The above command creates a fresh Django project inside our
webapp package. Our directory structure should now look as follows.
$ tree example/ ├── poetry.lock ├── pyproject.toml ├── README.rst ├── tests │ ├── __init__.py │ └── test_webapp.py └── webapp ├── config │ ├── asgi.py │ ├── __init__.py │ ├── settings.py │ ├── urls.py │ └── wsgi.py ├── core │ ├── admin.py │ ├── apps.py │ ├── __init__.py │ ├── migrations │ │ └── __init__.py │ ├── models.py │ ├── tests.py │ └── views.py ├── __init__.py └── manage.py 6 directories, 21 files
Making it into a package
Everything up to this point is quite standard issue (We have run a few commands that's all).
In order to make this regular looking Django project into an installable package we need to apply the following:
- Update some module paths in the following files
- Update the
nameattribute of the AppConfig instances defined in your
- Update the app paths in the INSTALLED_APPS list in our settings to match the
nameattribute of the AppConfig
- Include package data including templates into the build process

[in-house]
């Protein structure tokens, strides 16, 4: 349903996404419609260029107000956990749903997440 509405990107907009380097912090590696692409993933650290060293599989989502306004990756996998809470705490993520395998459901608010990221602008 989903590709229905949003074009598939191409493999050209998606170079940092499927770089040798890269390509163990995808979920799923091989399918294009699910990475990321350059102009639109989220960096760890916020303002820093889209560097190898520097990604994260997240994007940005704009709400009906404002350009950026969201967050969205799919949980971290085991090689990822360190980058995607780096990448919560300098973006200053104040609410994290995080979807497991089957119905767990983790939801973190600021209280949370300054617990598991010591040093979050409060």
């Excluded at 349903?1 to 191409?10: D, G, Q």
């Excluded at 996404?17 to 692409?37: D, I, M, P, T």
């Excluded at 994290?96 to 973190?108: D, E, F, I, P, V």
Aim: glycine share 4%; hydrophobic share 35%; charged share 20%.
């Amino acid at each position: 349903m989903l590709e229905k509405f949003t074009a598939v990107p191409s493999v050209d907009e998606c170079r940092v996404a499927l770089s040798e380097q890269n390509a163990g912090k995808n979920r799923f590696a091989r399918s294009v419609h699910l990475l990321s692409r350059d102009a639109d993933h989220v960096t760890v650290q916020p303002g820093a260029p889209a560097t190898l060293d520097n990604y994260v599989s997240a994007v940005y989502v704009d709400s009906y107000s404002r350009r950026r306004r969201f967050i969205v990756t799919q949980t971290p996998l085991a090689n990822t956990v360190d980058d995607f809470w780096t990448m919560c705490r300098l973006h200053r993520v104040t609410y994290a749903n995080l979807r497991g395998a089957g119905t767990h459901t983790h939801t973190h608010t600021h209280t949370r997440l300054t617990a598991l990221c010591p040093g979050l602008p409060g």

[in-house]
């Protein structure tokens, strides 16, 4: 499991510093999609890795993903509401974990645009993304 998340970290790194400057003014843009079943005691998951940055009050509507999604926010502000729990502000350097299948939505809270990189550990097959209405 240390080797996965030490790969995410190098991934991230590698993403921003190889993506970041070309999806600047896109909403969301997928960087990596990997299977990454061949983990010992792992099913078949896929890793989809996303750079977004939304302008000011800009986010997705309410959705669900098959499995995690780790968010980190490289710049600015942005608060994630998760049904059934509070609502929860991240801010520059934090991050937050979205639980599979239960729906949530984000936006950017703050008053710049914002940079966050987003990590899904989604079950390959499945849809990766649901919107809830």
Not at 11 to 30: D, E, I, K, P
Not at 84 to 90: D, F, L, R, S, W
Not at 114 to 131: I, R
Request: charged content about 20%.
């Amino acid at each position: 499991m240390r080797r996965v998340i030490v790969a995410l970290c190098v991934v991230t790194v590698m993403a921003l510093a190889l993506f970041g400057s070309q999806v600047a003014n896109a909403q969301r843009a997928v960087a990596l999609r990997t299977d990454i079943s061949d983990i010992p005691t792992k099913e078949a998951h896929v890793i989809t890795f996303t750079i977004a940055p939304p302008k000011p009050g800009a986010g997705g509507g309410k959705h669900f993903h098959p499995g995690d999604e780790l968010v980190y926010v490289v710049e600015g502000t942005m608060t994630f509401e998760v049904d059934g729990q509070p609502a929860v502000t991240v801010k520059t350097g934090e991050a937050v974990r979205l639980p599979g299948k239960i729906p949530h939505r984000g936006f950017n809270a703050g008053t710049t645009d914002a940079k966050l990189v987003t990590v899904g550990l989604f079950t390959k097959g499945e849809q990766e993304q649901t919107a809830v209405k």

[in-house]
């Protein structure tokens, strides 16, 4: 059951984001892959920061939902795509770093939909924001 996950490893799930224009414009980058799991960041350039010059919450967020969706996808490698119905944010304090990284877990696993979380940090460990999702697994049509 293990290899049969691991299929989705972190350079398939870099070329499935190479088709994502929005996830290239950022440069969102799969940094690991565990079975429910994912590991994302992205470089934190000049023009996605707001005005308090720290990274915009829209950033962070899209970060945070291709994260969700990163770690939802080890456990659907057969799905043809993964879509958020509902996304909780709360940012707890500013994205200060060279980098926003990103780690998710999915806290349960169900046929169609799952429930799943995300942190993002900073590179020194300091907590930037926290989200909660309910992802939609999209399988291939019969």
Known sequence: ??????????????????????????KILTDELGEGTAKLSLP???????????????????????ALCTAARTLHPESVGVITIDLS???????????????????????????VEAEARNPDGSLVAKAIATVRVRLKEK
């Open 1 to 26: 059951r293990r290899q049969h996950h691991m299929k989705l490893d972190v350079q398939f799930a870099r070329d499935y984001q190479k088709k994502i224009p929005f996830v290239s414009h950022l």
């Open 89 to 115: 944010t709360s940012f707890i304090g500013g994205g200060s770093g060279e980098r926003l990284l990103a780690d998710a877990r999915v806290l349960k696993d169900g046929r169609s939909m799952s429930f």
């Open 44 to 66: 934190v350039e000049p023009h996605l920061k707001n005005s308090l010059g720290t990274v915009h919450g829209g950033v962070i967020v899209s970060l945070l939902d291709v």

wsgi.py file sets a value for
DJANGO_SETTINGS_MODULE in the environ. Django uses this environment variable to locate your project settings when run as a wsgi application.
Update the dot path from "config.settings" to "webapp.config.settings".
""" WSGI config for config project. It exposes the WSGI callable as a module-level variable named ``application``. For more information on this file, see https://docs.djangoproject.com/en/3.2/howto/deployment/wsgi/ """ import os from django.core.wsgi import get_wsgi_application # We need to inform Django of the full namespace to the settings module # Change "config.settings" to "webapp.config.settings" # os.environ.setdefault("DJANGO_SETTINGS_MODULE", "config.settings") os.environ.setdefault("DJANGO_SETTINGS_MODULE", "webapp.config.settings") application = get_wsgi_application()